Tayfun Babadagli

Professor University of Alberta
  • One should recall that statistics predict oil will continue to be the main source of energy for the next 2 decades, with heavy oil constituting a great portion of that. That means that, while the oil industry is going through unprecedented and even unpredictable economic downturns, the status of heavy oil is still unquestionable.
  • Reviewing a myriad of papers presented at different conferences during the past year, I can group the current trends in heavy-oil operations and research into two major categories: Process optimization and use of chemicals as additives to steam and water.
  • The cost reduction per barrel of oil produced and the extension of sustainable production life by optimization have been two major areas of focus, but the investments in new technologies and recovery-improvement research have not received sufficient attention during the downturn.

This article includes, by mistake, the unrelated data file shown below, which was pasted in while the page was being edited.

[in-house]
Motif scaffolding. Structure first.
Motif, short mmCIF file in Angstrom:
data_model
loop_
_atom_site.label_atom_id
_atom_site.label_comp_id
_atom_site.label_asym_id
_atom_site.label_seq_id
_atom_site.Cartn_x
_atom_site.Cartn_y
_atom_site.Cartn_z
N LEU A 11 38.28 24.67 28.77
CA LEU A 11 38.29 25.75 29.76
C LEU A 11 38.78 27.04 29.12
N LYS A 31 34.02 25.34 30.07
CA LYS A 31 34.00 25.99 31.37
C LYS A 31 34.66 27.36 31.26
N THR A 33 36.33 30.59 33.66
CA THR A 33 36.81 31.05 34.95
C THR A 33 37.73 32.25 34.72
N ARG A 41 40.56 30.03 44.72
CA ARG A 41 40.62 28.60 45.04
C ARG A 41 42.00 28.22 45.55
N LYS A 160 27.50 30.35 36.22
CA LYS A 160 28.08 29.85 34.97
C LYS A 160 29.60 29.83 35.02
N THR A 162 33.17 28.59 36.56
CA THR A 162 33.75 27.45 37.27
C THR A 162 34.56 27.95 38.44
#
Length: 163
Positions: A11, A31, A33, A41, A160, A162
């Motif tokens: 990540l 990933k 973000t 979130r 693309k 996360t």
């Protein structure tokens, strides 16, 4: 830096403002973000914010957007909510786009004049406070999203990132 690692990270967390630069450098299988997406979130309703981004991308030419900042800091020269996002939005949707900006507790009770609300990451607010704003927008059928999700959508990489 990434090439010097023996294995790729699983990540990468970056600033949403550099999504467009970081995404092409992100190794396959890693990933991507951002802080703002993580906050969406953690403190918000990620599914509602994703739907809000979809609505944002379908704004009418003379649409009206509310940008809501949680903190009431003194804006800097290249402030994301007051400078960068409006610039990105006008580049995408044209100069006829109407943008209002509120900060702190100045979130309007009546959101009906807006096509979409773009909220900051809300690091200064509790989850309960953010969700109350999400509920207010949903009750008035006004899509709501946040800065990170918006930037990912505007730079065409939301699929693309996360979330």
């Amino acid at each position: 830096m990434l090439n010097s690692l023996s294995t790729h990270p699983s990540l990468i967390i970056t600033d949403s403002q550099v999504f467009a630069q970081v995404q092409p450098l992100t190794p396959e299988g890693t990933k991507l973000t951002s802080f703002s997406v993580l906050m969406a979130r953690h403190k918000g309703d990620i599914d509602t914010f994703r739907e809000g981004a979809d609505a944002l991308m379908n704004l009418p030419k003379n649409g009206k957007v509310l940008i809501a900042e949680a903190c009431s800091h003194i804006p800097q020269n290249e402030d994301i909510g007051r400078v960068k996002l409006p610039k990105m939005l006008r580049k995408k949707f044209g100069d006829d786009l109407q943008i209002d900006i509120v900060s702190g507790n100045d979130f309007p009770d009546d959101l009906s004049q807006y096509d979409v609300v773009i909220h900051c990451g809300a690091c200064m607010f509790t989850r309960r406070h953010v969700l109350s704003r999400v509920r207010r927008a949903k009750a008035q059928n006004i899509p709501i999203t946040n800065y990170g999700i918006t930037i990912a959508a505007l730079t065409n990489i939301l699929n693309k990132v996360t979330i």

• Despite the recent downturn, a significant number of pilot- or demonstration-scale applications of existing technologies to develop new heavy-oil fields or new technologies to develop existing fields have been reported over the past year.
  • Cost optimization in heavy-oil production can be achieved through numerical modeling to suggest general optimal strategies and development plans or by using proper real-time data acquisition … for prompt decisions while operations are ongoing.
  • To sustain the current level of heavy-oil production, which comprises roughly 12–15% of total production, process efficiency must be enhanced to control costs.